Other amendments would increase the city’s contribution to the King County Regional Homelessness Authority by $9.4 million annually to offset the loss of temporary federal funding that enabled shelters to reduce crowding during the (still-raging) pandemic; establish new tiny house villages; preserve the LEAD and Co-LEAD programs; and pay for new and existing crisis response programs. Proposals to expand human services will be harder to eliminate than, say, an amendment from Nelson that would spend $1 million on an unspecified new addiction treatment center—something King County, which has jurisdiction over public health and addiction programs, would ordinarily fund.
Achieving a new budget balance will, as always, require some combination of spending restraint (passing only some proposed amendments) and cuts (bringing Harrell’s proposal, which includes tens of millions in new spending on priorities like removing encampments and graffiti abatement, down to size). Council members had already set their sights on Harrell’s proposal to dramatically expand the encampment-sweeping Unified Care Team and his plan to spend $1 million on a gunshot surveillance system like Shotspotter, which civil liberties advocates, including the ACLU, oppose.
Another option will be for council members to overturn a law they passed last year restricting the use of JumpStart payroll tax revenues, which are supposed to pay for affordable housing, equitable development, and Green New Deal programs, to backfill the city’s general fund. The new law says the city can only use JumpStart revenue for non-JumpStart purposes if the general fund falls below $1.5 billion. Harrell has proposed changing the law to pin the general fund baseline to inflation, allowing the city to use more of the earmarked money for non-JumpStart purposes.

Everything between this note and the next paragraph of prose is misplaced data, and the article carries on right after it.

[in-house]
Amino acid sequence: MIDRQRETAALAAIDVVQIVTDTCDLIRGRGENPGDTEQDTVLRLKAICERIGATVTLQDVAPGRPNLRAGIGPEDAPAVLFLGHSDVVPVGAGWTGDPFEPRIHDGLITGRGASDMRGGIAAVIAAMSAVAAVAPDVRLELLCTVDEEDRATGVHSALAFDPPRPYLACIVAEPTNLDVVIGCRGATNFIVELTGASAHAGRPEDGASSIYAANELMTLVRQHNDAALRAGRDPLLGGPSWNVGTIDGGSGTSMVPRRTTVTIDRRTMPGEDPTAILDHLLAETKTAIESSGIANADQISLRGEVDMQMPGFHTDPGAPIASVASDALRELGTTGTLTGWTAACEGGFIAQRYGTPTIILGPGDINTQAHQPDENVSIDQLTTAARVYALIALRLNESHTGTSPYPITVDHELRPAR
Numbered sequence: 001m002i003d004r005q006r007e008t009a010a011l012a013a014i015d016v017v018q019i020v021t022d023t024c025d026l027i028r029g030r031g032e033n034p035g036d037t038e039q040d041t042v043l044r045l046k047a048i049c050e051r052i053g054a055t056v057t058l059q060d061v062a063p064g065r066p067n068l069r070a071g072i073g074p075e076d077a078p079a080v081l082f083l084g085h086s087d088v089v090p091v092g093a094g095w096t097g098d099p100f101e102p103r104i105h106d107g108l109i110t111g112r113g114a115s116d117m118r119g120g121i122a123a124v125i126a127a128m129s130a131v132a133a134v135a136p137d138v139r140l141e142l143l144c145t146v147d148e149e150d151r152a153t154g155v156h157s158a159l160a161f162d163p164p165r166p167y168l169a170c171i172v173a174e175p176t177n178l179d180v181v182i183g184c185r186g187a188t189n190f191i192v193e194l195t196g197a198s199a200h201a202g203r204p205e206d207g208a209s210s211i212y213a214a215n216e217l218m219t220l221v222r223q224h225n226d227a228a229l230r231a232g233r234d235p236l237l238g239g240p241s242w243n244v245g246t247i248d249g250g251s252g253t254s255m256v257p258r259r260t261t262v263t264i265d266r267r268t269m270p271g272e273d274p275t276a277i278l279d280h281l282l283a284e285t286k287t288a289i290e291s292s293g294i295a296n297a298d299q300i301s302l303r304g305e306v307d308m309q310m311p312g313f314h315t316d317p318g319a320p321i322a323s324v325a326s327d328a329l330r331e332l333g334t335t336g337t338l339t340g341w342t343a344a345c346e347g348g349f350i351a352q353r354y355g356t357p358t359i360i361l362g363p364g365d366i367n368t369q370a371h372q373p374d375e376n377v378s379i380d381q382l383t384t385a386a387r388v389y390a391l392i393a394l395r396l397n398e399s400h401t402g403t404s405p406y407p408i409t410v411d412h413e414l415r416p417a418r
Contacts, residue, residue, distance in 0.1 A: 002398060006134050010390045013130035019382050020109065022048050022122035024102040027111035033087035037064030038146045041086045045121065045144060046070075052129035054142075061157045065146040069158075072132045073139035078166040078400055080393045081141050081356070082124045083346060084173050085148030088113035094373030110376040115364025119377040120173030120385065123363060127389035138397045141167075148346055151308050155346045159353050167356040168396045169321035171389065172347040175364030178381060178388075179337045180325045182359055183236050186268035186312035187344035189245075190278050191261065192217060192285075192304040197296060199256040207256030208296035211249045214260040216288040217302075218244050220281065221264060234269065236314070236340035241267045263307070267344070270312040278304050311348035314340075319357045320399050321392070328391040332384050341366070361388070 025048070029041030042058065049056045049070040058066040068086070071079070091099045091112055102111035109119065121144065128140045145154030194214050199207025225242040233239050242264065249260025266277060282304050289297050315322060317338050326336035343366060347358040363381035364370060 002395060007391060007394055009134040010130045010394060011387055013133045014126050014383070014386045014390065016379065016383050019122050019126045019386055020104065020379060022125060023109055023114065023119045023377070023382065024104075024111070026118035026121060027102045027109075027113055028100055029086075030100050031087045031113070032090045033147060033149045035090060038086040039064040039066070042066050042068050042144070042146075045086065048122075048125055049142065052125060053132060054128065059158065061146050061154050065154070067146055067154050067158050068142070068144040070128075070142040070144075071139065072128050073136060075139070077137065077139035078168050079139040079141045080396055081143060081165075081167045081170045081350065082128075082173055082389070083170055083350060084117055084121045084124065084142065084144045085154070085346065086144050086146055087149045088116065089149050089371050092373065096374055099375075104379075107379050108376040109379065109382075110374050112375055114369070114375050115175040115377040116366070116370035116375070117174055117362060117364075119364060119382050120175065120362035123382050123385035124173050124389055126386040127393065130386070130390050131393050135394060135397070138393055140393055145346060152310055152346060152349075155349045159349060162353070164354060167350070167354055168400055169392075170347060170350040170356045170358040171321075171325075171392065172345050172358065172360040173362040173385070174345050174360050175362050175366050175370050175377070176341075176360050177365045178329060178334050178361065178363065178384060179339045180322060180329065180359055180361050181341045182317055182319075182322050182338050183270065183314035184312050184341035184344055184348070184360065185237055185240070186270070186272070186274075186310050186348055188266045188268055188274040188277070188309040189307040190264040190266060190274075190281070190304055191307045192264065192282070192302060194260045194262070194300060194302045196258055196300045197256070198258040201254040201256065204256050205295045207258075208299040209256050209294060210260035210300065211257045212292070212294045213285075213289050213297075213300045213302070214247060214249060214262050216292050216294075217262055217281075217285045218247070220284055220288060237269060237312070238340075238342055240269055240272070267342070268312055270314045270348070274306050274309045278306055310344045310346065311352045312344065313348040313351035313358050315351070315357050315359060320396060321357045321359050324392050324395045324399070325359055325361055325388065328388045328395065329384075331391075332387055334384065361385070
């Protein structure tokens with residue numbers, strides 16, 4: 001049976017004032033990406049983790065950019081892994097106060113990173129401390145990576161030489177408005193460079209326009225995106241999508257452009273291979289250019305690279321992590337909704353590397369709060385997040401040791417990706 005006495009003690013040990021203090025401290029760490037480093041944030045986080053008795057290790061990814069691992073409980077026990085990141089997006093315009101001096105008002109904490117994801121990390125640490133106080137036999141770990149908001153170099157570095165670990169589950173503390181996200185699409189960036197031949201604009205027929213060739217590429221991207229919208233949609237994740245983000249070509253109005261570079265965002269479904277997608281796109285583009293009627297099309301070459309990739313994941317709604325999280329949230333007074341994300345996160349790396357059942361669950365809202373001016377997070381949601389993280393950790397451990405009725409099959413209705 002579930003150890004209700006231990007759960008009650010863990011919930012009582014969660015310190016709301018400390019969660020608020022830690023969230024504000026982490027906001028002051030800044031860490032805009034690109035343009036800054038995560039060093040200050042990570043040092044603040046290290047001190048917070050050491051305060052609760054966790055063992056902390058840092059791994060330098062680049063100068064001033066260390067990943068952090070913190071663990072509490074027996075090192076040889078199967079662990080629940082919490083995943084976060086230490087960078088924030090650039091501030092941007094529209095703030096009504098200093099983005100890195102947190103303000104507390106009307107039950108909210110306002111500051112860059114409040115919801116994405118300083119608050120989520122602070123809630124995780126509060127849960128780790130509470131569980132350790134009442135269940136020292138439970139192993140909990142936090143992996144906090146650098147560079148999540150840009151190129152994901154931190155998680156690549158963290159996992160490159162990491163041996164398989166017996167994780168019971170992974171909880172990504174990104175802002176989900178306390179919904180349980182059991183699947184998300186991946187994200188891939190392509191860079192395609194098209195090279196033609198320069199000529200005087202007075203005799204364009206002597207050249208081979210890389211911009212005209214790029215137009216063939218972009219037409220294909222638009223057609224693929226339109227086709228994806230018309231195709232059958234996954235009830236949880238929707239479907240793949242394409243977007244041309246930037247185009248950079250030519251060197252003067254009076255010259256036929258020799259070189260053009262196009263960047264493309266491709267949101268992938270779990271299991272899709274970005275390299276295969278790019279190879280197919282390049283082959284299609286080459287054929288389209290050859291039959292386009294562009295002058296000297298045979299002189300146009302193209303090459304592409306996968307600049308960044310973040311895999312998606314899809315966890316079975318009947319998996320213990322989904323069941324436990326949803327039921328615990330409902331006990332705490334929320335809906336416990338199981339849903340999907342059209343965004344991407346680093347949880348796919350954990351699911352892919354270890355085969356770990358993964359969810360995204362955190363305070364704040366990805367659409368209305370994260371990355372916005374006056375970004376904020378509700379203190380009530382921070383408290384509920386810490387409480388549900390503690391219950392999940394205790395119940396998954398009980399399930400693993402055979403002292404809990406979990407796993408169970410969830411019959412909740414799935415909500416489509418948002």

The general fund is not the only budget area where the council will have to make some hard choices, nor is it the largest. Projected revenues from real estate taxes, which the city thought would continue to increase this year, have taken a nosedive thanks to rising mortgage rates and the resulting slowdown in housing purchases.
Because a large chunk of REET revenues pay for debt service, a fixed cost, or multi-year capital improvement projects such as road paving and maintenance, the city can only make limited changes to REET spending. Generally, that means cutting new or shorter-term capital projects. Some of these are improvements that mostly benefit city employees rehabbing the elevators at the Seattle Municipal Tower, for example—but others are the kind of visible, council district-level projects that voters tend to notice.
For example, Harrell’s proposed budget includes $2.5 million in new REET spending to promote “safety and accessibility” at City Hall Park; $10 million for a new Tribal Interpretive Center on the downtown waterfront; and $1 million to rehab at least one park restroom. Eliminating or delaying these programs, or any REET-funded capital project, will produce instant blowback from constituents, who will be voting next year in all seven district-based council races.
A spokesman for Harrell’s office said Monday that the mayor “recognizes that this is a challenging revenue forecast. … The mayor’s proposed budget makes critical investments in key priority areas including public safety, housing and homelessness, and the essential city services residents expect. Based on our collaboration throughout this process, we believe the Council will ensure these priorities remain adequately funded in the final budget.”
PubliCola has calls out to several council members, including Mosqueda, and will be posting additional budget updates later this week.